Friday, November 19, 2010

Party Purity

Over at The Daily Beast, Samuel Jacobs seems to think the Democrats could well lose control of the Senate in 2012, just as they lost the House this year.  Why?  Well, for one, more currently Democrat-occupied seats (21) than Republican will be up for re-election.  But more important than the raw numbers are the candidates themselves.  For Jacobs, three "unorthodox" (his word for moderate) Democrat senators standout:  Montana’s Jon Tester, Virginia’s Jim Webb, and Pennsylvania’s Bob Casey Jr.

Their lack of liberal orthodoxy is no real problem for them within the Democrat Party.  But given what Jacobs expects to be a continuing backlash, within the general electorate, their conservative ideological shortcomings will be.  The net result is that the Democrats will likely lose seats and the party that remains will be even more ideologically pure, i.e., liberal, than it is today. (Is that even possible?)

It is precisely this kind analysis, but in reverse, that is usually applied to the GOP.  The result is that  Republican Party professionals start fretting about a shrinking tent, that is, they begin to worry that the Party and its candidates are too conservative to capture the votes of the independents who determine an election's outcome.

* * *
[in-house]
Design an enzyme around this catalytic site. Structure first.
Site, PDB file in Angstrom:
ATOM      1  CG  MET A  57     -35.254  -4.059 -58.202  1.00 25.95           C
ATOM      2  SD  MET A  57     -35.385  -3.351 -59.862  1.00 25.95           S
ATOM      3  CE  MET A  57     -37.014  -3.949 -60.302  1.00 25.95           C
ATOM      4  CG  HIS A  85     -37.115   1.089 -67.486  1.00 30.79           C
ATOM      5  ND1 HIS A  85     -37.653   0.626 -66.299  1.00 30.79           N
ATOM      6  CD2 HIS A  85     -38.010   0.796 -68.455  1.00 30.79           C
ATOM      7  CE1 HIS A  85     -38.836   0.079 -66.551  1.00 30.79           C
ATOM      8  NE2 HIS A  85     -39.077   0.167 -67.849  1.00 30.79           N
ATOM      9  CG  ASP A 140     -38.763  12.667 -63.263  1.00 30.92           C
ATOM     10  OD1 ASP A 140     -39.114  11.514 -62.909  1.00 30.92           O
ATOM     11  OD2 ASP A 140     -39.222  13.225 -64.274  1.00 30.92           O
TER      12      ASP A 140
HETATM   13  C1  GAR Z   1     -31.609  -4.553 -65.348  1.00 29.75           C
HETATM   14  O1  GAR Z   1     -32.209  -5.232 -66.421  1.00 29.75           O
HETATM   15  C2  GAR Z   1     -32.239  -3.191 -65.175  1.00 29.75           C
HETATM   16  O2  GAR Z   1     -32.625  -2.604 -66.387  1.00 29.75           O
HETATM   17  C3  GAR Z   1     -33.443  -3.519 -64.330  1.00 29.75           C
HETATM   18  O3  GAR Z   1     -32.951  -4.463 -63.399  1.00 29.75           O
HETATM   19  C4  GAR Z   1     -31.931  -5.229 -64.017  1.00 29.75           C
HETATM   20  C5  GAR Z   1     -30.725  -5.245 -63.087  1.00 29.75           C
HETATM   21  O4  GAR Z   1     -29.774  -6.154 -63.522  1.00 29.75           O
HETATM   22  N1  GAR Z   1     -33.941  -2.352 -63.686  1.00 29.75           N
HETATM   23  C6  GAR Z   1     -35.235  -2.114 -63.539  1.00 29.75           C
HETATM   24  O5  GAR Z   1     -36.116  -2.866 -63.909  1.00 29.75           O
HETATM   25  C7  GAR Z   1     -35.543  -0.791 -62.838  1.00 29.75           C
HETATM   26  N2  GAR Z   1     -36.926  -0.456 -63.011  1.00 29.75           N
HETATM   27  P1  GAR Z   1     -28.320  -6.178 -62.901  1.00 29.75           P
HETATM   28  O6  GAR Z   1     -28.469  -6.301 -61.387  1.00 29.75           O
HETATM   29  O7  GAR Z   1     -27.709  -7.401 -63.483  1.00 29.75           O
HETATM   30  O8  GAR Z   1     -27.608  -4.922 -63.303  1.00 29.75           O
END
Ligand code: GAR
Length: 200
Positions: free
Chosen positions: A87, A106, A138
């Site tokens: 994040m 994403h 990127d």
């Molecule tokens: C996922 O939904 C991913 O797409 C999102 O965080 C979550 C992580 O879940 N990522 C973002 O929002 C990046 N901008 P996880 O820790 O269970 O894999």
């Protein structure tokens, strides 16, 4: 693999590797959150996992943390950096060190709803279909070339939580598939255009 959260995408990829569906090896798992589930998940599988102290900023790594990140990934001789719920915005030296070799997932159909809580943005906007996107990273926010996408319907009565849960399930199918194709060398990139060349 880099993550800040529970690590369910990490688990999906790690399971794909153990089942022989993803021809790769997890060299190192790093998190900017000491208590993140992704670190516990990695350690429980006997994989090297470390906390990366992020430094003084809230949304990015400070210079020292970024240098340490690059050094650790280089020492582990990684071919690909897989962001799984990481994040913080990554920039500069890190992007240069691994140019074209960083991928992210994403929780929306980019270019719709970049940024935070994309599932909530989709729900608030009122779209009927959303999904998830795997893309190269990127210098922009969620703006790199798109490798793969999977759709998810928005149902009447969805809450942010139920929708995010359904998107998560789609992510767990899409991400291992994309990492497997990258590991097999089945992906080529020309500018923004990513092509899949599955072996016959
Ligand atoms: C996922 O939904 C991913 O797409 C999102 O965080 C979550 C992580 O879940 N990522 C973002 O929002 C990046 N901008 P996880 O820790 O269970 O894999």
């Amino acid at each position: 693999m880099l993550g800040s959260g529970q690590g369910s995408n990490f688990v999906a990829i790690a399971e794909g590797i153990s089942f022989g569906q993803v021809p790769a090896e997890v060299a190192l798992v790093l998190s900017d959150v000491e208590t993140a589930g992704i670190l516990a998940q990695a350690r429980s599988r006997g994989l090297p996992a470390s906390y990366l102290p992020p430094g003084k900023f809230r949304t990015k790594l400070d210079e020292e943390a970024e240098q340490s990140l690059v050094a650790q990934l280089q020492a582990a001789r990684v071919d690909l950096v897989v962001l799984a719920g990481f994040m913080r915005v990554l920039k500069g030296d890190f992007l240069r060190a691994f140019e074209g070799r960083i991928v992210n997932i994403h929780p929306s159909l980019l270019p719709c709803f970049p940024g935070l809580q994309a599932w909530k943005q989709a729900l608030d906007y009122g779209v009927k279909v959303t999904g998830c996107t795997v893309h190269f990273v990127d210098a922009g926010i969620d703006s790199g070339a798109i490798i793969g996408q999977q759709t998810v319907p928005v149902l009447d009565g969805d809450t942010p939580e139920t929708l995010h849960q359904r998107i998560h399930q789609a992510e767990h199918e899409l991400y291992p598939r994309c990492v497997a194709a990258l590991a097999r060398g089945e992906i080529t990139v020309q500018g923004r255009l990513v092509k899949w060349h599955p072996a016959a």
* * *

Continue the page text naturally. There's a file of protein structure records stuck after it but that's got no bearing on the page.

Liberal pundits and pols can be counted on to encourage this kind of thinking because it serves to water down the GOP's message and blur the distinctions between the parties.  They do this because they know that this is, and has been for some time now, much more of a political problem for Democrats than it is for Republicans.  On this point, Jacobs quotes former Representative Dan Glickman, who served as Bill Clinton's Secretary of Agriculture:  “If we are monolithic and liberal, then we won’t be the majority party.”

Assume, as a great deal of evidence indicates anyway, that this country is essentially center-right in its ideological orientation. (I think it's more so, but will make that case another time.)  What this means is that a majority of Americans consider themselves essentially conservative, while only a minority identify with liberalism.  If this is in fact true, then even if both parties, not just the Democrats, become more ideologically monolithic, then the numbers will necessarily fall out to the GOP's advantage.

Now, if we can just convince the GOP professionals to stop temporizing, to communicate a consistent and unapologetic conservative message, then we just may be able to build a governing majority that will last a generation or two.  Or at least, we pray, long enough to clean up this mess.

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